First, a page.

joho 5:40 PM  

@Tom: this blog is the first where I ever commented, too. Welcome! You'll love the banter and you'll learn a lot.

@rex: Staring is the new thinking ... I love it!

@Paula Gamache: see what you've done? You've made a lot of people happy today!

Chip Hilton 5:56 PM  

A great Friday puzzle!

Here in Connecticut, Filene's took the place of G. Fox and, in turn, became Macy's. Wonder who's next (Macy's just announced eleven closings nationwide. None here.....yet.)?

My last solves were the PAIR EXES tandem. Mr. EADS is new to me.

foodie 5:59 PM  

We need a word for fast staring! Is there a namer in the crowd?

Re solving skills, beyond the great advice you've heard and the availability of Orange's book, here are two other thoughts.

Notice that great solvers, like Rex, will tell you that there are lots they didn't know in terms of specific answers, yet they tear through the puzzle. So, beyond specific knowledge, there must be a certain mindset. Most answers, in most puzzles, are gettable. Only occasionally do you hit a spot where specific knowledge is needed and it cannot be circumvented through crosses-- hence the terms Natick and Kenosha to denote such rare instances. One way to test how true this is: take a look at solved puzzles-- in the Shortz era, there are few times where you say to yourself: Not in a million years! So, first lesson I had to learn is to believe that it could be done (i.e. I could do it).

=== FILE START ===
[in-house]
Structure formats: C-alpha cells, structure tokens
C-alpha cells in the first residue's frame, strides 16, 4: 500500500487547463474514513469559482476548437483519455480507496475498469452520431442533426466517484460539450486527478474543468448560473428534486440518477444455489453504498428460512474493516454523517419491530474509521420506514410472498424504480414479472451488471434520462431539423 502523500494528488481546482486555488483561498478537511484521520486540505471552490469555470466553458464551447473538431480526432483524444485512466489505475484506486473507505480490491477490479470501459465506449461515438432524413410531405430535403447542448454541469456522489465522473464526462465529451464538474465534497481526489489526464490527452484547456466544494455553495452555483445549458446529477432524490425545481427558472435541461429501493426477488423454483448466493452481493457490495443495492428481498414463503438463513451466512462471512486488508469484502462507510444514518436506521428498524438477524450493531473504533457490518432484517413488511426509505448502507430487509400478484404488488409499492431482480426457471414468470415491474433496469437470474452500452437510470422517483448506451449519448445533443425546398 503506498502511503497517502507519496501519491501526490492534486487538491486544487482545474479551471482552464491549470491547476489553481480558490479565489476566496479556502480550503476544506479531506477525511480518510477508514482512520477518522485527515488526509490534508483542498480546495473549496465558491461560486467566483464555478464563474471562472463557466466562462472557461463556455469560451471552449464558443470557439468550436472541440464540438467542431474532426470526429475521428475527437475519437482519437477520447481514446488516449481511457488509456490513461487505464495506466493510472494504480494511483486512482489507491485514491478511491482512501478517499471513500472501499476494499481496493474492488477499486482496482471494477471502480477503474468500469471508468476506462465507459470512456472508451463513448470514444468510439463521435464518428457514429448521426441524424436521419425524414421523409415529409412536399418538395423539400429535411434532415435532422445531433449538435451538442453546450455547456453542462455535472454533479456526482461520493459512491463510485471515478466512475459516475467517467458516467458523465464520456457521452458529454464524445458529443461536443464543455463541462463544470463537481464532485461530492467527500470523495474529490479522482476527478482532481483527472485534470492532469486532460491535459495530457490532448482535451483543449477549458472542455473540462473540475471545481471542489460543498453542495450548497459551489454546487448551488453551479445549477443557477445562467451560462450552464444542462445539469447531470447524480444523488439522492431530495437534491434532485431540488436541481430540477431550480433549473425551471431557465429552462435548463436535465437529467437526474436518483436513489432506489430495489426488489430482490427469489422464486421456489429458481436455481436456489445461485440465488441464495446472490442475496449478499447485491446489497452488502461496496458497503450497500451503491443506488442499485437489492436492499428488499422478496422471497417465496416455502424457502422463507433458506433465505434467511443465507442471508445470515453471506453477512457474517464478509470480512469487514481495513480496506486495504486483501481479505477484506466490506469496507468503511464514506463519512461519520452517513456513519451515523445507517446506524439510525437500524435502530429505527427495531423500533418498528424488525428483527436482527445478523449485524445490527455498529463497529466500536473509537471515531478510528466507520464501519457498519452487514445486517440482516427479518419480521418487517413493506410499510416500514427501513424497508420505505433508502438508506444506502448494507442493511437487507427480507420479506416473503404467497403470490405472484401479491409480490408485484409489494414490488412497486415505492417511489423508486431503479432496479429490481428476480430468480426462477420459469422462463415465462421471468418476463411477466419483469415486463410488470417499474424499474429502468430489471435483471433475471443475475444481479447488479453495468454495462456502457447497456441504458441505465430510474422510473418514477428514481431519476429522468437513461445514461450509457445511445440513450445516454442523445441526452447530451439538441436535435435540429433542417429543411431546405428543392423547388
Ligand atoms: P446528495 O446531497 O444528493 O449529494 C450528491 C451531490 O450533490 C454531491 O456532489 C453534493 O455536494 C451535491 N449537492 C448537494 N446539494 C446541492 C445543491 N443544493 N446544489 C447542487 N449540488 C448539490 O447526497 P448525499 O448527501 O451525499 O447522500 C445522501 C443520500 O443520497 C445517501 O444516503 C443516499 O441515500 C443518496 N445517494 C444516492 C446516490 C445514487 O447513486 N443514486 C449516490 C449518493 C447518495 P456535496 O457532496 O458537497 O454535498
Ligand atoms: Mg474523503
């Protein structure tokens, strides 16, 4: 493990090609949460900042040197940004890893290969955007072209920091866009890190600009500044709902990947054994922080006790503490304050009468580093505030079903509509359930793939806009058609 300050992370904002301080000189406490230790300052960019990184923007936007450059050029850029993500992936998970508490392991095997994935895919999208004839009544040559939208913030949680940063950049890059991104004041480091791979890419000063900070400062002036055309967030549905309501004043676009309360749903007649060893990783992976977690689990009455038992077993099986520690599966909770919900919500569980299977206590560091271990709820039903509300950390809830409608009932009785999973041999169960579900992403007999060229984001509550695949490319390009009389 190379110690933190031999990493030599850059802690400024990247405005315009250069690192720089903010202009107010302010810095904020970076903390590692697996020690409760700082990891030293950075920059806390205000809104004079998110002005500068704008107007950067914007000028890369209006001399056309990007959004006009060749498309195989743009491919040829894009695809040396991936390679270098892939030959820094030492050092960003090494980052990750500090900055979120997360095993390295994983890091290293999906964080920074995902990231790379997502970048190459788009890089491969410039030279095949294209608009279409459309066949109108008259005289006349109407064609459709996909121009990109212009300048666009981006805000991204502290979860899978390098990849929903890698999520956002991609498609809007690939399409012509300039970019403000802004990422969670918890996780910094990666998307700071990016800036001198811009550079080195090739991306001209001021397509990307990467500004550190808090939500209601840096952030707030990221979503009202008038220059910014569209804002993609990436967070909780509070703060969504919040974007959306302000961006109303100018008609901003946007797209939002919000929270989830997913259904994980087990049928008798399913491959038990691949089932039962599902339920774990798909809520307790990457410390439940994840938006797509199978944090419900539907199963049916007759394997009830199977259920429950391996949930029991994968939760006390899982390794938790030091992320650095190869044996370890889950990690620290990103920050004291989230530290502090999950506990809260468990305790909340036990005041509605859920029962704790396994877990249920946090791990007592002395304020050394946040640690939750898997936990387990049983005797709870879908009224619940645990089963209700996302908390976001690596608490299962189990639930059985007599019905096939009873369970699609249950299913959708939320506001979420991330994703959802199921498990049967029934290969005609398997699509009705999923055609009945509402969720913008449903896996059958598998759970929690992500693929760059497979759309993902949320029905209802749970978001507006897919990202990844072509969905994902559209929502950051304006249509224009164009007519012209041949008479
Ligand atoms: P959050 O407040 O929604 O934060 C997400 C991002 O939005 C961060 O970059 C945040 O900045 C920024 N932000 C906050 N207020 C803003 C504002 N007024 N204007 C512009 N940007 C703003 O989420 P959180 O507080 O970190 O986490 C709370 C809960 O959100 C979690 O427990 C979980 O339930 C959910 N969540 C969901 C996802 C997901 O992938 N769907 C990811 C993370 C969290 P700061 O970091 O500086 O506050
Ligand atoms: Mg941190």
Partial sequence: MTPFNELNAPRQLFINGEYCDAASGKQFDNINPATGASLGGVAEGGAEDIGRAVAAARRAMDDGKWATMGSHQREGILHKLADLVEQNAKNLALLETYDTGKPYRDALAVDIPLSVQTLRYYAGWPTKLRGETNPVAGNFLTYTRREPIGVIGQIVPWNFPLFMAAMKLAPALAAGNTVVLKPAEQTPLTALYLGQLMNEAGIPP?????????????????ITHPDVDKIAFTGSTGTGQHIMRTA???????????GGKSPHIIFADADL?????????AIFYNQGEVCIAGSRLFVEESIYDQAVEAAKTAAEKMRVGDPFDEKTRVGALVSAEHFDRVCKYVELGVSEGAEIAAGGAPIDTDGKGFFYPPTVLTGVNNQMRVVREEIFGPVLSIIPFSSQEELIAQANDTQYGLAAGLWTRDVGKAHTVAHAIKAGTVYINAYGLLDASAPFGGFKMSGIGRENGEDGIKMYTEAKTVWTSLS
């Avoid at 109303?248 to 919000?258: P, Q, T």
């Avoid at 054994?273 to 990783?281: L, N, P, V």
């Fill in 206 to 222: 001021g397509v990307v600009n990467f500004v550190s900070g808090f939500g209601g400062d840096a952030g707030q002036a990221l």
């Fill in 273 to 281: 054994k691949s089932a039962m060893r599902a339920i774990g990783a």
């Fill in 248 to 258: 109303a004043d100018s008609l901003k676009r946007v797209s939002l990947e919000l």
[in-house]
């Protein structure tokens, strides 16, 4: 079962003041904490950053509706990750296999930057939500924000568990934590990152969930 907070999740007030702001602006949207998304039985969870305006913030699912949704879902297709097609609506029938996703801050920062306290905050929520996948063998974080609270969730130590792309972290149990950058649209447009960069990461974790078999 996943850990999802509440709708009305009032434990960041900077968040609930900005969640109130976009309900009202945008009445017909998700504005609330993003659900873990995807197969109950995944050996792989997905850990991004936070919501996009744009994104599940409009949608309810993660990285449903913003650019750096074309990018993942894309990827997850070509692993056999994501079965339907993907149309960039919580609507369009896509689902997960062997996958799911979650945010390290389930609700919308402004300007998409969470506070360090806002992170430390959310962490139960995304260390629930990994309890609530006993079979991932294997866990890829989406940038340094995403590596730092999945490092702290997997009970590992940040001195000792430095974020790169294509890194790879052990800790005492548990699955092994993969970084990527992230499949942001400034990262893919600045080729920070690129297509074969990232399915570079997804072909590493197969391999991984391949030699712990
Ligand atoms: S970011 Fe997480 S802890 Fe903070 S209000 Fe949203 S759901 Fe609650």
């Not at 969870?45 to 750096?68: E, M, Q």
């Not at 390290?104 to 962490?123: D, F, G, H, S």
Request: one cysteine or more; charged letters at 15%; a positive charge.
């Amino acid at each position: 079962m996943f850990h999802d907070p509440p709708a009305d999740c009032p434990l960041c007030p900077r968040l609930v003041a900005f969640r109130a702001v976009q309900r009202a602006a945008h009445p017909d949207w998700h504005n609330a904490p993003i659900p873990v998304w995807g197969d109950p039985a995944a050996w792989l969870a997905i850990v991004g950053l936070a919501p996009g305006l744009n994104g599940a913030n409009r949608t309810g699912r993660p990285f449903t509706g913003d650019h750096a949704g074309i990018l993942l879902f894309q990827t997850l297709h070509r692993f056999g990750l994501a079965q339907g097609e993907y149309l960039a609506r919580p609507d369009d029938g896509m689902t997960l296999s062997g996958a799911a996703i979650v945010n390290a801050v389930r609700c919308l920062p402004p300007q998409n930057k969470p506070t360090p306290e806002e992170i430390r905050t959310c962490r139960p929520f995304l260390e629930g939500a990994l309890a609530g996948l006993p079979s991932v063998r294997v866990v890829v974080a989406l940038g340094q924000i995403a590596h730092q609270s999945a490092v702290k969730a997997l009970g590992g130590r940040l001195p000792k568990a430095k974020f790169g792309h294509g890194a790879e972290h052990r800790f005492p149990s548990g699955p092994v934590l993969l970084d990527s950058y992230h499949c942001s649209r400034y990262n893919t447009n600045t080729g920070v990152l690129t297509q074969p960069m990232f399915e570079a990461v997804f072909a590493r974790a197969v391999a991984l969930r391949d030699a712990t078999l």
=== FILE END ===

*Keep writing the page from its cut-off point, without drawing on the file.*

The other one is: learn to be fickle. Don't trust easily and don't give your loyalty too soon. It's so easy to interpret the clue a certain way, and/or fall in love with an answer that seems perfect, and not want to let it go. But the goal is to not get too attached, to fall out of love as quickly as you fell into it. A better, more exciting fit is around the corner!

(I'm still working on developing my fickleness).

fikink 6:26 PM  

@foodie, I am forever marrying the most clever play on a word that I can think of and long after it should be obvious that he's not a good fit, I am still singing a torch song. Fickleness is very hard for some people to learn, indeed...

Alec 6:34 PM  

Rex, as for "some bad TV show somewhere," I think you might be thinking of a joke that Krusty the Clown once told on The Simpsons: "Knock, knock, who's there? Juliet. Juliet who? Juliet so much pasta fazool, Romeo doesn't want her anymore!"